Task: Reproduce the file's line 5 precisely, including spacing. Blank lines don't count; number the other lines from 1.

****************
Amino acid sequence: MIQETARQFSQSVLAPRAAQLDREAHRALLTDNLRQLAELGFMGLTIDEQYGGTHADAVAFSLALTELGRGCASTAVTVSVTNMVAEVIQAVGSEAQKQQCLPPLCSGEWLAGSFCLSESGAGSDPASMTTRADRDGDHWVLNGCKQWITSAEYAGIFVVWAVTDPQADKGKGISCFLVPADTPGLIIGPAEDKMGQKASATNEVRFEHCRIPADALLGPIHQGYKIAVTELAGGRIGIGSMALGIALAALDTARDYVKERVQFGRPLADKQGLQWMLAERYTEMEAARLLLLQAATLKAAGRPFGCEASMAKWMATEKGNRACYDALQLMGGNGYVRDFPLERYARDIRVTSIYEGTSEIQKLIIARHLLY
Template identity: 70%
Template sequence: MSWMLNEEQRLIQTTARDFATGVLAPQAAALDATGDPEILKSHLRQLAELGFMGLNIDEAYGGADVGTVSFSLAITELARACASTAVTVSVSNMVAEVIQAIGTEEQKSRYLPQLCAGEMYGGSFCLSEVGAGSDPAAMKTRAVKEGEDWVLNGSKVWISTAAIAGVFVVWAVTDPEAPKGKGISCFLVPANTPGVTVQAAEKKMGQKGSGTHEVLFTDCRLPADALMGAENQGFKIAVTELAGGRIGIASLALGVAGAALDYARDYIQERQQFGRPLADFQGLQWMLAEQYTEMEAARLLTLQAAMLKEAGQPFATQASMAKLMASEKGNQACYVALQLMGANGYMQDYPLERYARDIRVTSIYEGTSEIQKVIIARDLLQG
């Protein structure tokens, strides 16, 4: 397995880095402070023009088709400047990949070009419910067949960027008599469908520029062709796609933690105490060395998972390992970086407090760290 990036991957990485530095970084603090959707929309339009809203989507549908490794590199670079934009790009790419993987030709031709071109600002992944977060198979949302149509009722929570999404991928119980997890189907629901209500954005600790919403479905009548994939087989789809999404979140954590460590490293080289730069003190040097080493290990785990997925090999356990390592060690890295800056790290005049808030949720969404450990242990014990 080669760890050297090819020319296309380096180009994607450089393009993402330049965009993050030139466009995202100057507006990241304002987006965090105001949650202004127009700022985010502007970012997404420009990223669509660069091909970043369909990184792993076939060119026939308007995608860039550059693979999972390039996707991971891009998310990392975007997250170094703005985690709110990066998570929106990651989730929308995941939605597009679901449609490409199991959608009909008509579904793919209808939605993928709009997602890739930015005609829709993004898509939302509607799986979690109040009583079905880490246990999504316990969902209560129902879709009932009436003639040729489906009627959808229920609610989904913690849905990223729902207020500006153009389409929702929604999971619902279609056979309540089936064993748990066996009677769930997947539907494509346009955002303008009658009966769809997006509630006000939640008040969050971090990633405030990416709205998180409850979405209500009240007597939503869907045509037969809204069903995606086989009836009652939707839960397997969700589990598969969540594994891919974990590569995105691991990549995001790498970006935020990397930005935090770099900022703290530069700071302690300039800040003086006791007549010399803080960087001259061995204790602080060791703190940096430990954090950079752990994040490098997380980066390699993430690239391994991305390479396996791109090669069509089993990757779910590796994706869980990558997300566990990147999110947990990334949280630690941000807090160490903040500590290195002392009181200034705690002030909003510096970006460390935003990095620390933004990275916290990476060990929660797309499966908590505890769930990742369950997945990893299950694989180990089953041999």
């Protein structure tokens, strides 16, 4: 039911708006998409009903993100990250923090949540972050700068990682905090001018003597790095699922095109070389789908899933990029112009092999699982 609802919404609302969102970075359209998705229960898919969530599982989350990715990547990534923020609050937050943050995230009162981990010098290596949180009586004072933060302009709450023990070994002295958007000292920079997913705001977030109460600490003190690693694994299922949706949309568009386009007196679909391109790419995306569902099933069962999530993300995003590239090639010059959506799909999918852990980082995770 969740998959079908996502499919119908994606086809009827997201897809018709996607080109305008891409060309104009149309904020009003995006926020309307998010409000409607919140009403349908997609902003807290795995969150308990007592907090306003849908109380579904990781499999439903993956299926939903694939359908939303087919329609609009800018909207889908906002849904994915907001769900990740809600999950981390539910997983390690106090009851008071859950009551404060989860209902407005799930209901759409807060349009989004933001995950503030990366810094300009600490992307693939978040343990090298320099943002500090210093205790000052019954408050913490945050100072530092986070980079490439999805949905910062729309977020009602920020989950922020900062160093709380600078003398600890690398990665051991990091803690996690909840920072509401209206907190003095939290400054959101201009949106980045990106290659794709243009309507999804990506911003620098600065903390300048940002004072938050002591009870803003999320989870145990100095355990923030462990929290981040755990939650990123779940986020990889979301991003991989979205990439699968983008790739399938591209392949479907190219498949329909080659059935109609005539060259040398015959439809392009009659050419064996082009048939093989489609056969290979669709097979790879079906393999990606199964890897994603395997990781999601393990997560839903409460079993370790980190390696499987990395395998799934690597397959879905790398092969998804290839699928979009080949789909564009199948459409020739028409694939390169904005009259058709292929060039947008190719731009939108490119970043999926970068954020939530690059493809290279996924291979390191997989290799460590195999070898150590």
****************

């Protein structure tokens, strides 16, 4: 039911708006998409009903993100990250923090949540972050700068990682905090001018003597790095699922095109070389789908899933990029112009092999699982 609802919404609302969102970075359209998705229960898919969530599982989350990715990547990534923020609050937050943050995230009162981990010098290596949180009586004072933060302009709450023990070994002295958007000292920079997913705001977030109460600490003190690693694994299922949706949309568009386009007196679909391109790419995306569902099933069962999530993300995003590239090639010059959506799909999918852990980082995770 969740998959079908996502499919119908994606086809009827997201897809018709996607080109305008891409060309104009149309904020009003995006926020309307998010409000409607919140009403349908997609902003807290795995969150308990007592907090306003849908109380579904990781499999439903993956299926939903694939359908939303087919329609609009800018909207889908906002849904994915907001769900990740809600999950981390539910997983390690106090009851008071859950009551404060989860209902407005799930209901759409807060349009989004933001995950503030990366810094300009600490992307693939978040343990090298320099943002500090210093205790000052019954408050913490945050100072530092986070980079490439999805949905910062729309977020009602920020989950922020900062160093709380600078003398600890690398990665051991990091803690996690909840920072509401209206907190003095939290400054959101201009949106980045990106290659794709243009309507999804990506911003620098600065903390300048940002004072938050002591009870803003999320989870145990100095355990923030462990929290981040755990939650990123779940986020990889979301991003991989979205990439699968983008790739399938591209392949479907190219498949329909080659059935109609005539060259040398015959439809392009009659050419064996082009048939093989489609056969290979669709097979790879079906393999990606199964890897994603395997990781999601393990997560839903409460079993370790980190390696499987990395395998799934690597397959879905790398092969998804290839699928979009080949789909564009199948459409020739028409694939390169904005009259058709292929060039947008190719731009939108490119970043999926970068954020939530690059493809290279996924291979390191997989290799460590195999070898150590």